By ALEX VEIGA, AP Business Writer
LOS ANGELES (AP) — U.S. homebuilder stocks have outpaced the broader market this year, and analysts are bullish on the prospects for more gains in 2022, despite expectations of continued supply chain woes.
The SPDR S&P Homebuilders exchange-traded fund is up 45% this year. Two of the biggest builders by homes sold, D.R. Horton and Lennar, are up about 52% and 46%, respectively. The benchmark S&P 500 index is on pace for a 23% gain.
The strong gains reflect investors’ confidence in builders’ prospects for capitalizing on a red-hot U.S. housing market that is underpinned by strong demand, still-low mortgage rates and a shortage of homes on the market.
Meanwhile, the supply chain bottlenecks have led big builders to build up a backlog of home orders that they won’t be able to deliver until next year.
“Early returns from the winter suggest reasonable order strength thus far, which bodes well for the 2022 spring selling season,” BTIG homebuilding analyst Carl Reichardt wrote in a research note. He recently raised his 2022 earnings per share estimates for most of the 12 homebuilders he tracks, including KB Home and Lennar, citing expectations that builders will benefit from more sales next year.
The biggest problem homebuilders had in 2021 was being able to build homes fast enough to meet the demand during one of the hottest housing markets in decades.
The global supply chain disruptions, rising inflation and a shortage of skilled labor, led to construction delays and uncertainty that forced many big builders to pump the brakes on the number of homes they put up for sale. As a result, many builders have seen their backlog of home orders they have yet to deliver on swell.
The dynamic has helped dampen sales of new U.S. homes in 2021. In October, new home sales hit a seasonally adjusted annual pace of 795,000, down 23% from a year earlier. In contrast, sales of previously occupied U.S. homes through the first 10 months of this year were up 11% from where they were in 2020, on pace for at least 6 million home sold, which would be the highest number in 15 years.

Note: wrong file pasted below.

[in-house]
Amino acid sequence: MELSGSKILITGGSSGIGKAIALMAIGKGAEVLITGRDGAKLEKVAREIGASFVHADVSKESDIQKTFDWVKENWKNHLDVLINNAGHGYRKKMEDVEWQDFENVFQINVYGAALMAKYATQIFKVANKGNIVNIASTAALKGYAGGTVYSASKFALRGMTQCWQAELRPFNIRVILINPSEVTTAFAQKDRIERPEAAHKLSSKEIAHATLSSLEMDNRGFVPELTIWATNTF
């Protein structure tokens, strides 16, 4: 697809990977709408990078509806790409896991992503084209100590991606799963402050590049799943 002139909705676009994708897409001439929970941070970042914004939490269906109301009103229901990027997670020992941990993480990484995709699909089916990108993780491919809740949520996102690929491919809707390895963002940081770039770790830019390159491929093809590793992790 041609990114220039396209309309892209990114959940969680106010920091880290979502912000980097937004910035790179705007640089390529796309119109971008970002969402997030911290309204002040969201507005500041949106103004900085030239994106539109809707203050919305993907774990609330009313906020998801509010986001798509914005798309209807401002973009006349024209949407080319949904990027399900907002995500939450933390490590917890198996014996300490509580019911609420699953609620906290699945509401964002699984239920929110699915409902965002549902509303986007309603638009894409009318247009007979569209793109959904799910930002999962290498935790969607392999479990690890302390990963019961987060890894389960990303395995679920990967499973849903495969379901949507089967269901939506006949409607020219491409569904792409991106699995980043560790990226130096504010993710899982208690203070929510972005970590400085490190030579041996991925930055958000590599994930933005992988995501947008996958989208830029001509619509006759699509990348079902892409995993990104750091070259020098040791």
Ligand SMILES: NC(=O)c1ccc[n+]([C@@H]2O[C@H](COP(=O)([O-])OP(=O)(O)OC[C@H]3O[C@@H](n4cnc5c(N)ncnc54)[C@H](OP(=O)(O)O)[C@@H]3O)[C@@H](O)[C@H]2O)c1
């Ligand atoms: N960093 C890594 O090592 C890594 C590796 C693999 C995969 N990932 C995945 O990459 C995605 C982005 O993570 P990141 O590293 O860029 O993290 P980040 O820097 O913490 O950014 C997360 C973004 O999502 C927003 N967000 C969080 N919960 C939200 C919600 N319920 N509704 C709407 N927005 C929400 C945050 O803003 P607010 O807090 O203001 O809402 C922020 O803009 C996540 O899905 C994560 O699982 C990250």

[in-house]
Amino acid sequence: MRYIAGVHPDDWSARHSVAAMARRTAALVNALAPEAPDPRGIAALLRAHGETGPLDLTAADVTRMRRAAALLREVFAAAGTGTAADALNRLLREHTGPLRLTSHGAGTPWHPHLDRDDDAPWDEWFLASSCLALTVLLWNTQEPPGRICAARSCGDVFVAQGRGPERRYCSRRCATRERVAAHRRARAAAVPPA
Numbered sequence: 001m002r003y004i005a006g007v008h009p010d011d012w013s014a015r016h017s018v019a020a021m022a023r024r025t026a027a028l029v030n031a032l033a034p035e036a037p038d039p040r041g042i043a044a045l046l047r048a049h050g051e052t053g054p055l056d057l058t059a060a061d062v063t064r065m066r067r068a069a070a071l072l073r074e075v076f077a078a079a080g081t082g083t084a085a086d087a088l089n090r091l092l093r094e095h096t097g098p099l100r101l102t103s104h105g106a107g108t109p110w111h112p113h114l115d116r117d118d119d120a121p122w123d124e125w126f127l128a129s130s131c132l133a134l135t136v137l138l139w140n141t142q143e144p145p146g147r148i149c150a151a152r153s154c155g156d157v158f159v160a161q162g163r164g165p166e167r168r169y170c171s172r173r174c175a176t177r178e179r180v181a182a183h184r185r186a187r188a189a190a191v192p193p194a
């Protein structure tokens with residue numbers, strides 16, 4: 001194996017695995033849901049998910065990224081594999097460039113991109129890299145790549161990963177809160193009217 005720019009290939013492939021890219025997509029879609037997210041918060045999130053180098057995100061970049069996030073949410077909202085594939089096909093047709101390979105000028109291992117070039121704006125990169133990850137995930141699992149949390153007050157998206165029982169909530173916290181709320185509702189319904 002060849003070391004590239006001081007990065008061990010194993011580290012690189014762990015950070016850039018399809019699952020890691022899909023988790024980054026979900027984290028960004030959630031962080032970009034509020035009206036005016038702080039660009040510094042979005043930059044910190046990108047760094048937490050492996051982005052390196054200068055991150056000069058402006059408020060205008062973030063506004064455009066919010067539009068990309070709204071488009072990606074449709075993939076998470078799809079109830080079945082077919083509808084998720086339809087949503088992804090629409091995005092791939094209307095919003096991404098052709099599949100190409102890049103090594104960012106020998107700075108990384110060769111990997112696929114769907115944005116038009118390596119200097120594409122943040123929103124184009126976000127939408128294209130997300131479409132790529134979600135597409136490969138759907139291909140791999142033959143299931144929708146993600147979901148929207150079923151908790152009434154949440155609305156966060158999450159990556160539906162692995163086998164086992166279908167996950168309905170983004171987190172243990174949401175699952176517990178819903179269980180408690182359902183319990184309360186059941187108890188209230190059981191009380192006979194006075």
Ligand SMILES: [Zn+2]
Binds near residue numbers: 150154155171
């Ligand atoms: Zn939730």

“If there were no supply chain and no labor shortages we would be growing by double digits in terms of housing construction,” said Ali Wolf, chief economist at Zonda Economics, a real estate industry tracker. “Builders would sell more if they had more.”
Builders are still dealing with supply chain bottlenecks and higher prices for garage doors, windows, plumbing fixtures and other building materials.
During a recent conference call with analysts, builder Taylor Morrison Home said it continues to see random building product shortages across the country and anticipates they may continue next year.
Lumber futures prices soared to an all-time high $1,670.50 per thousand board feet in May, a twofold increase from a year earlier, reflecting strong demand for new construction and home remodeling, and pandemic-related problems limiting production. It then dropped to $456.20 in August, but has been surging since and is now back above $1,100, according to FactSet.
Still, the housing market demand trends, especially the low inventory of homes for sale, bode well for builders heading into next year.
Homes nationally are selling within days of being put up for sale. In October, more than 80% of previously occupied U.S. homes sold after being on the market for less than a month.
“I don’t know how that changes in the near future, so it probably gives homebuilders maybe an extra shot or two on goal with getting buyers that they haven’t had in years past,” said Jay McCanless, a housing analyst at Wedbush Securities.
That’s one reason the analyst is bullish on more stock price gains for the 14 homebuilders he tracks.
“I’m very comfortable and optimistic with the group heading into next year,” he said. “And certainly our price target suggests there’s room for growth above the current prices.”
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